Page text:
You are wrong about boxing and peaceful co-existence. I can tell you from experience that boxing opponents can have "peaceful co-existence" and even meaningful friendships.

Ironically my son's serious injury (yes he had one) was from one of his other sports (not boxing). Injury is a risk you take in anything worthwhile in life. But I have seen the good that boxing has done for him. His love for the sport. The hard work and passion it inspires from him. And I am very proud of the man he has grown into. As a parent, there is no way I would have taken this from him.
fresco
 
  1  
Reply Thu 20 Aug, 2009 12:37 pm
@ebrown p,
I'm happy for you that you see no antithesis.

Just one point puzzles me. If as you say boxing "is a controlled sport with well-defined rules", why would there be a specific brain condition termed "dementia pugilistica" ? However, consider it a rhetorical question ! Smile
ebrown p
 
  1  
Reply Thu 20 Aug, 2009 12:58 pm
@fresco,
There are inherent risks in many sports and many activities that people find personally fulfilling. Live is for living--- the fact is that we all end up dead anyway.

If my son (now an adult) feels that boxing is enjoyable-- and that it adds enough to his life to warrant the risk; What's the problem?

fresco
 
  1  
Reply Thu 20 Aug, 2009 01:09 pm
@ebrown p,
I am not aware of any other interpersonal "sport" where the objective is to inflict injury (I am including all forms boxing/wrestling within "boxing"). To argue that injuries occur in all sports is facile.
ebrown p
 
  1  
Reply Thu 20 Aug, 2009 01:30 pm
@fresco,
First... including all forms of boxing and wrestling within "boxing" and the saying "the objective is to inflict injury" is simply wrong.

Olympic and Amateur boxing have a points system along with head gear and gloves designed to prevent injury. The objective is to score points. Wrestling, of course, doesn't even have a reward for causing injury. You get points for pins and escapes. In professional boxing, where the object is to knock-out your opponent and there is no protective equipment, you may have better argument.

As my sons coach points out-- far fewer injuries occur in Olympic/Amateur style boxing than in football or even cycling.

This seems to be a tangent.

The more interesting point I want to make is that aggression-- and even enjoyment of aggression, is a natural and healthy part of the human experience. Of course there are examples where this aggression is misused--

... but particularly in a controlled athletic setting, physical aggression is both enriching and fun.


fresco
 
  1  
Reply Thu 20 Aug, 2009 01:45 pm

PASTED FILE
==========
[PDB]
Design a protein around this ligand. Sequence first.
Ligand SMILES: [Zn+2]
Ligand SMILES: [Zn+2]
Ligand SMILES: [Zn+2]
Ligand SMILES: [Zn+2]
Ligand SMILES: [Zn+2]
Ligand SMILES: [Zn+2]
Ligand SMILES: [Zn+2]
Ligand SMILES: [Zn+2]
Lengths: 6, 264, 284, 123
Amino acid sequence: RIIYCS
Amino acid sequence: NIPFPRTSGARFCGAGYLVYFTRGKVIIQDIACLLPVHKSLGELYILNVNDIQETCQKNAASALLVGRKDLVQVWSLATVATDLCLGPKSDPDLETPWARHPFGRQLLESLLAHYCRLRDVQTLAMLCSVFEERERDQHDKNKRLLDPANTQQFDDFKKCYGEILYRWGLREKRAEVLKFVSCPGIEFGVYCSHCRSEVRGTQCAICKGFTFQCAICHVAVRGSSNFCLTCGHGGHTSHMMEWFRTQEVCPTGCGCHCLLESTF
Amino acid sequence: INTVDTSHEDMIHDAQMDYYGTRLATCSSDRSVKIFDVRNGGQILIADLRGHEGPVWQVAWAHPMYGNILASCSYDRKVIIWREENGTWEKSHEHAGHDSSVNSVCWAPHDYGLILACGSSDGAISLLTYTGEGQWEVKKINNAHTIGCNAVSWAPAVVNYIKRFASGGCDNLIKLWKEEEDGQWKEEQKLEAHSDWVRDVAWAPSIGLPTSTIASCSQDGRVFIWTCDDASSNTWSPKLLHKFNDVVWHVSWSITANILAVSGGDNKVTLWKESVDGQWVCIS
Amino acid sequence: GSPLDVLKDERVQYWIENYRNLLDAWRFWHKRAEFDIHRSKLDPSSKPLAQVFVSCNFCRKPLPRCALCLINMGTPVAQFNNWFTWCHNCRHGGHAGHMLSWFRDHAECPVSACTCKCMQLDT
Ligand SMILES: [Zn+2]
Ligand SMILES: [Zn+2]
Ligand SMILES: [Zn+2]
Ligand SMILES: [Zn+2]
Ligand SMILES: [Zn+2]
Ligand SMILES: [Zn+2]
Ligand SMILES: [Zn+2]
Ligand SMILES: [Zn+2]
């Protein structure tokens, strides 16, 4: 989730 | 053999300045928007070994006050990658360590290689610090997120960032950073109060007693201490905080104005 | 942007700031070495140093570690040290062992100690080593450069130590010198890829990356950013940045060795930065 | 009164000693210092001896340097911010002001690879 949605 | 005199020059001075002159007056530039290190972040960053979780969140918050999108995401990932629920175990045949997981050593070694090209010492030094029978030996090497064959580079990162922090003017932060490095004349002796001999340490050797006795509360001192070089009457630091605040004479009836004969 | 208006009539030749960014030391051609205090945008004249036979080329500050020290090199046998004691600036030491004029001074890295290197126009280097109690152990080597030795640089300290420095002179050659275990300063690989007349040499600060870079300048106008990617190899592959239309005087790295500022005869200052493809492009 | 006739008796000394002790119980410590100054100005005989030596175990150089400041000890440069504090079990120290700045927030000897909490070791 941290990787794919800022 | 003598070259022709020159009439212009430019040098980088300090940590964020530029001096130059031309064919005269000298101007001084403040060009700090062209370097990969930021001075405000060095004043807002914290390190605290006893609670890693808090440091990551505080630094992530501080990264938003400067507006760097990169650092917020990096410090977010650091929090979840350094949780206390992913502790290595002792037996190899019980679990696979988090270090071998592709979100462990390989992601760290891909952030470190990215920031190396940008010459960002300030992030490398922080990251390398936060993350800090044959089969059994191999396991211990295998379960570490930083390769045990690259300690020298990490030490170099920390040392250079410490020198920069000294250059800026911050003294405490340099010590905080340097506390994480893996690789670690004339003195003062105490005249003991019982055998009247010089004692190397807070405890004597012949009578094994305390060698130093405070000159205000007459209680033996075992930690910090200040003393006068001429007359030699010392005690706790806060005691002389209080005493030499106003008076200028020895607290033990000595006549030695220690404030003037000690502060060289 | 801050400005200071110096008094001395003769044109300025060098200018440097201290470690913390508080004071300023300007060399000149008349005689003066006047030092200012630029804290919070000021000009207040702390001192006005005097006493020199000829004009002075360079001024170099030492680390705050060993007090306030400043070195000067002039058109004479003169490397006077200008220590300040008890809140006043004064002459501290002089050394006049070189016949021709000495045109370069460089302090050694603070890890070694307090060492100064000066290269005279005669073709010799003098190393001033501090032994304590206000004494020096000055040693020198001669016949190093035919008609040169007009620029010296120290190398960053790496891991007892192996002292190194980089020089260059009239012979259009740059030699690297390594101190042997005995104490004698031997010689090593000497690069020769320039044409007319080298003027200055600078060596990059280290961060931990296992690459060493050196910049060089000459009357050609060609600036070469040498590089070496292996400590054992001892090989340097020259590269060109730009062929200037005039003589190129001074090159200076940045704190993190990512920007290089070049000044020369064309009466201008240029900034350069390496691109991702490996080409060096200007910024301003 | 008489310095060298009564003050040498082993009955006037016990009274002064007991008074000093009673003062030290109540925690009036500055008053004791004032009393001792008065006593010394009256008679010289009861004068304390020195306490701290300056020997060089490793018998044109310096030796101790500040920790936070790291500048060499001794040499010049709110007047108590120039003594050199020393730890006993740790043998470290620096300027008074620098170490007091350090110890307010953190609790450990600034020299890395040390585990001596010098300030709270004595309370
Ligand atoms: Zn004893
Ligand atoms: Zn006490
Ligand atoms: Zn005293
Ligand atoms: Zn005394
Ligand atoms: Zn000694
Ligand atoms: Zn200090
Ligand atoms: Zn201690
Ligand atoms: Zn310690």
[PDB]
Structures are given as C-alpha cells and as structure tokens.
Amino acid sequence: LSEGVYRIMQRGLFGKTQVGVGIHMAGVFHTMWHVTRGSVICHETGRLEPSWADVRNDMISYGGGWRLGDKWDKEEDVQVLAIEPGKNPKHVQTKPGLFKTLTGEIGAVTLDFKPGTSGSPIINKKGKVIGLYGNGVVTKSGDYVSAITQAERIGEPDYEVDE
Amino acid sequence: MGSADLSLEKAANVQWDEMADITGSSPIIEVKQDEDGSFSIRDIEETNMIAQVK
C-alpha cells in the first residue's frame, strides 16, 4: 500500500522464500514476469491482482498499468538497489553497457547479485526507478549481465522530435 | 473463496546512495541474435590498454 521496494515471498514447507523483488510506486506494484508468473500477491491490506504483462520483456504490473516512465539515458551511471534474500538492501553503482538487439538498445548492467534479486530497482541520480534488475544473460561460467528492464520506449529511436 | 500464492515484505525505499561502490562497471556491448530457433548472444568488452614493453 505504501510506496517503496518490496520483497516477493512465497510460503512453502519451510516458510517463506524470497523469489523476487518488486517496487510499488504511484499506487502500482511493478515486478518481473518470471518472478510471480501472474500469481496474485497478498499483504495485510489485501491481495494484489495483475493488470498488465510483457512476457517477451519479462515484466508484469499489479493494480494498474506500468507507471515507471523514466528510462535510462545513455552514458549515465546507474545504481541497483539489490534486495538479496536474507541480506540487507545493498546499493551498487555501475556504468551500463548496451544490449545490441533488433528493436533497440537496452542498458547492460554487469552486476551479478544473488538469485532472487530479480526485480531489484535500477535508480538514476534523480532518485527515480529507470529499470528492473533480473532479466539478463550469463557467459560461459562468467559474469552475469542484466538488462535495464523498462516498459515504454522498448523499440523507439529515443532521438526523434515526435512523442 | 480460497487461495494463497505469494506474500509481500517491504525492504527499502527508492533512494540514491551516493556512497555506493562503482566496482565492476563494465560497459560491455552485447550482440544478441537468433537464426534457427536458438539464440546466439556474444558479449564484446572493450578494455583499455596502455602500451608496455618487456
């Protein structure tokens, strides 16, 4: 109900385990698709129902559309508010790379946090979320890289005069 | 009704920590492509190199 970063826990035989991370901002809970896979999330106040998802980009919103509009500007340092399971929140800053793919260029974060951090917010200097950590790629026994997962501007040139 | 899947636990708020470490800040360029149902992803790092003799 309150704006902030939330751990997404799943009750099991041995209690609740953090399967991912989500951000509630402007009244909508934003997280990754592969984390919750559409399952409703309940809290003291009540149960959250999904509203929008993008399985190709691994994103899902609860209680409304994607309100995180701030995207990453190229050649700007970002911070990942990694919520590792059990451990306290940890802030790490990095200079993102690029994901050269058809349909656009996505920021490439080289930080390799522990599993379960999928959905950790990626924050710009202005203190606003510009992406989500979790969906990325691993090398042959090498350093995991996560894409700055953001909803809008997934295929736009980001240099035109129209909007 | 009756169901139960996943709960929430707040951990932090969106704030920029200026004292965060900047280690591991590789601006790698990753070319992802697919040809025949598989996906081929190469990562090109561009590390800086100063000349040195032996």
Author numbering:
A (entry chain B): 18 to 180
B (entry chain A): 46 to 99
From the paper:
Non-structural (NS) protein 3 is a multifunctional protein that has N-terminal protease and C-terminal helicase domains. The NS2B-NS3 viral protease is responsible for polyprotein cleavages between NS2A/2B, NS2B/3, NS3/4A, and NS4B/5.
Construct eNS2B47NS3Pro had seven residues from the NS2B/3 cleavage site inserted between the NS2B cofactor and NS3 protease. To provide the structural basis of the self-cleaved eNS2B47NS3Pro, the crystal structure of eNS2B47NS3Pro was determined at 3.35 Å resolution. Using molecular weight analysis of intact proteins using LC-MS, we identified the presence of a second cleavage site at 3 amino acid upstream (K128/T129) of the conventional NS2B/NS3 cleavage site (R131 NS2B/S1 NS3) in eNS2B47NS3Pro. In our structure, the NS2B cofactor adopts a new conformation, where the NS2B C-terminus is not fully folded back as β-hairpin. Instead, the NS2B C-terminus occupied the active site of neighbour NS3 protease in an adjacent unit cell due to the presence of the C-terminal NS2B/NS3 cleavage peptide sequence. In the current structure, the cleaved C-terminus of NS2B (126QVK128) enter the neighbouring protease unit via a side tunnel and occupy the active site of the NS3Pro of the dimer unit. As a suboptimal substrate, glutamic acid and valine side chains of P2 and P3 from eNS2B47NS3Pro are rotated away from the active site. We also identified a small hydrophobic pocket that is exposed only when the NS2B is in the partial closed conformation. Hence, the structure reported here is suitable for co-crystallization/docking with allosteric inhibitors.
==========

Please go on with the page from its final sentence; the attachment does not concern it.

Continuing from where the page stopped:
@ebrown p,
Quote:
The more interesting point I want to make is that aggression-- and even enjoyment of aggression, is a natural and healthy part of the human experience.


Healthy for whom ? The punchdrunk boxer or his former spectators ?
0 Replies
 
ebrown p
 
  1  
Reply Thu 20 Aug, 2009 01:58 pm
You didn't respond to my reference to Alice Paul-- one of my personal heros-- and one of the most aggressive women in history. She was a fighter with unmatched determination who kept pushing until she was victorious.

In case you don't know, Alice Paul was at the forefront of the fight for woman's suffrage. She broke windows, started a political party, agitated and picketed the White House.

When she was sent to jail, she escalated-- going on a hunger strike. They jammed a tube down her throat to force feed her raw eggs--- did she give up? No. At that point she knew she had them.

When she left prison she had the president himself by the balls-- she knew it, and he knew it. Because of this, you now have the right to vote.

Did she enjoy this? I sure hope she did (I sure would have).

This is a part of human nature that drives us to heroism. The struggle-- enduring hardship, pushing on an unjust opposition and eventually emerging victorious over your foes.

That the core of our literature. It is our sense of history and the contents of our dreams.

You can't get rid of aggression without losing the core of human experience.



fresco
 
  1  
Reply Thu 20 Aug, 2009 02:02 pm
@ebrown p,
Quote:
You can't get rid of aggression without losing a core of human experience.


Sadly, you may be right. (allowing for the change of "the" to "a")
0 Replies
 
empiricism
 
  1  
Reply Wed 23 Dec, 2009 02:31 am
Do not forget where genetic discrimination has gotten us in the past. People are too quick to blame the gene for everything. Any behaviorial quirk at all I could find people blaming the gene.

Who here would like to think that all they are is the genetic expression of their parent's biological material?

"Bloodlust" is a huge number of behaviors, all varying in intensity. Is the bloodlust of the mass murder the same as the bloodlust of the casual boxing fan? The same as the violent video game enthusiast? The same as a Viking warrior from ages ago?

No, I don't think so. "Bloodlust" is a word for fantasy novels. It is not a word for science.
0 Replies